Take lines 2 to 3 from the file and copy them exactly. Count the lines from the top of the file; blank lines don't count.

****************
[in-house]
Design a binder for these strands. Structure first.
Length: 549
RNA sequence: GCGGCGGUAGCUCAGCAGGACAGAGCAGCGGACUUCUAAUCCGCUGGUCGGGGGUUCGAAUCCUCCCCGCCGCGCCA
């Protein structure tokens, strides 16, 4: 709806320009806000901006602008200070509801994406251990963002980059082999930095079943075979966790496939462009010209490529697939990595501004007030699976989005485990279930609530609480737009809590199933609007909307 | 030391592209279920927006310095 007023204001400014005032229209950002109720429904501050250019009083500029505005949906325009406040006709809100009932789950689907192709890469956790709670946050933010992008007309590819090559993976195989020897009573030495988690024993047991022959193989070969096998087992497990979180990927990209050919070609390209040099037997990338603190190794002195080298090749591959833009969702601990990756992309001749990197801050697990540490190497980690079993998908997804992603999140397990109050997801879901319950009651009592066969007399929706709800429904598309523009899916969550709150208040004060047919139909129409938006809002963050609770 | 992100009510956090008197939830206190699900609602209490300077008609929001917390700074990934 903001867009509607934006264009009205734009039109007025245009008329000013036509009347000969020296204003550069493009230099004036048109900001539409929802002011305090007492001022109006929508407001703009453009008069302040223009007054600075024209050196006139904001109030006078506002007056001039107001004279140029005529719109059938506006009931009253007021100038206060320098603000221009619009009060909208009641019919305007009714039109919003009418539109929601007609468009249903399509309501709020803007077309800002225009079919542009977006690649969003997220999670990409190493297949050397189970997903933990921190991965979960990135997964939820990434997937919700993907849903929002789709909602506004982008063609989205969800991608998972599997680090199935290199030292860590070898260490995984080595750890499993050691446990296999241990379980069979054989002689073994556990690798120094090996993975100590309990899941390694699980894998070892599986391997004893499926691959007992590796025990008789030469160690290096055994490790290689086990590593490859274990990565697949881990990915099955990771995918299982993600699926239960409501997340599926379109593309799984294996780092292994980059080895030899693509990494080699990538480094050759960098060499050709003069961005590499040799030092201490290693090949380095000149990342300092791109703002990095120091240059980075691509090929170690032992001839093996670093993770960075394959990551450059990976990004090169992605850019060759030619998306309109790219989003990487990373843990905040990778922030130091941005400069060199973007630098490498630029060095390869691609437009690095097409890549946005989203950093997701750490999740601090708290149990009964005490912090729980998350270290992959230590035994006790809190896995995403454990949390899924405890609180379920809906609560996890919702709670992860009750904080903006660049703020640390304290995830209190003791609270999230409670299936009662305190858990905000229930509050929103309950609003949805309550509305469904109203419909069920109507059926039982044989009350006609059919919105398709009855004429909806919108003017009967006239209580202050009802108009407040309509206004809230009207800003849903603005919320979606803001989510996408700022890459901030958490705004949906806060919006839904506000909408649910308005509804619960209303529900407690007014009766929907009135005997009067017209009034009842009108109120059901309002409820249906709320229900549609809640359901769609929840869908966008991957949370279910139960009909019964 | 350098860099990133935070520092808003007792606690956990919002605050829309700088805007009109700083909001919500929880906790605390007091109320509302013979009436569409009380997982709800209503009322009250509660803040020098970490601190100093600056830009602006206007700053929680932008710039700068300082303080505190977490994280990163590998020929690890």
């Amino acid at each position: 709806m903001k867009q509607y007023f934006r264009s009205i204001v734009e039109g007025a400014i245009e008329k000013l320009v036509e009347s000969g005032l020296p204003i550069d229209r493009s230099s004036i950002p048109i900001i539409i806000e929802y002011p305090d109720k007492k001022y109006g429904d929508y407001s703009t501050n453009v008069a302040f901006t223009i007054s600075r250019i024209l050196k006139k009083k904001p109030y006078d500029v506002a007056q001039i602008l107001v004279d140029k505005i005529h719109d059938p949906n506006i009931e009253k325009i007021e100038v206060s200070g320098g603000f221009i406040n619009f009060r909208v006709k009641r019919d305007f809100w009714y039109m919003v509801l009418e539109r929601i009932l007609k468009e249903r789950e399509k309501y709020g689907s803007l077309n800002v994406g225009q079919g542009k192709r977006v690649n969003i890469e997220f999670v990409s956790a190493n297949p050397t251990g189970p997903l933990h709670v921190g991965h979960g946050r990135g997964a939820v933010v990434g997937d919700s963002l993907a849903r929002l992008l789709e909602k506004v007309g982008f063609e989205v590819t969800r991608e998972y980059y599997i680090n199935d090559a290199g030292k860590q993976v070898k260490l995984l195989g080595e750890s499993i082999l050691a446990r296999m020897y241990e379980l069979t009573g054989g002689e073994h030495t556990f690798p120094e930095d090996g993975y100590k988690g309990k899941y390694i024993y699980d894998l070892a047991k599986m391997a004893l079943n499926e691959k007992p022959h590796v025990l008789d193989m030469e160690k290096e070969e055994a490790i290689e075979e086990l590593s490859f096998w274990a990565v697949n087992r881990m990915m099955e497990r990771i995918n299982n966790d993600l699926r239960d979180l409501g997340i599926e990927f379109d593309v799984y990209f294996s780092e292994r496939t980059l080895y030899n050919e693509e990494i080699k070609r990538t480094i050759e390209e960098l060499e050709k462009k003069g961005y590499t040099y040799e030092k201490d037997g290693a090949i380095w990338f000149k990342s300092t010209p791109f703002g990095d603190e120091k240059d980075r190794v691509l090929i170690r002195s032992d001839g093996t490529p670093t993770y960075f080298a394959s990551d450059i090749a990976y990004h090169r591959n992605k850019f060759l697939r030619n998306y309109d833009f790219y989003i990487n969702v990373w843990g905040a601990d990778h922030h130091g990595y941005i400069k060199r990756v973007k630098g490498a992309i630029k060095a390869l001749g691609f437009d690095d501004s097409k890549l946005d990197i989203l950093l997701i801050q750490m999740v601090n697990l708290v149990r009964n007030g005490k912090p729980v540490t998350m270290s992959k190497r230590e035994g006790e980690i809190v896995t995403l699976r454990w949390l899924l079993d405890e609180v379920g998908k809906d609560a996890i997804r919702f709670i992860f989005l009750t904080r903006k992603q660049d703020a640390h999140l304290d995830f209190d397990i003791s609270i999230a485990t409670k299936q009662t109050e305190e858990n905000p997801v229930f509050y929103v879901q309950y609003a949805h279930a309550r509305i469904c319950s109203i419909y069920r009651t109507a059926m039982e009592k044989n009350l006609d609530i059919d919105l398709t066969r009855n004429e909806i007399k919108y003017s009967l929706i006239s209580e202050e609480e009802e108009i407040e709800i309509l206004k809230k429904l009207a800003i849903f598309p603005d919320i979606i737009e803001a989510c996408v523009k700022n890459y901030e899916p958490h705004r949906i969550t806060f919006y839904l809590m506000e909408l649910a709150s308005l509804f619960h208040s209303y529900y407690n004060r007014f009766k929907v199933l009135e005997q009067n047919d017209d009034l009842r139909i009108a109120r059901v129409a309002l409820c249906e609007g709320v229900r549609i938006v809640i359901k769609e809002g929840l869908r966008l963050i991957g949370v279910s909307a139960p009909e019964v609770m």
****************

Design a binder for these strands. Structure first.
Length: 549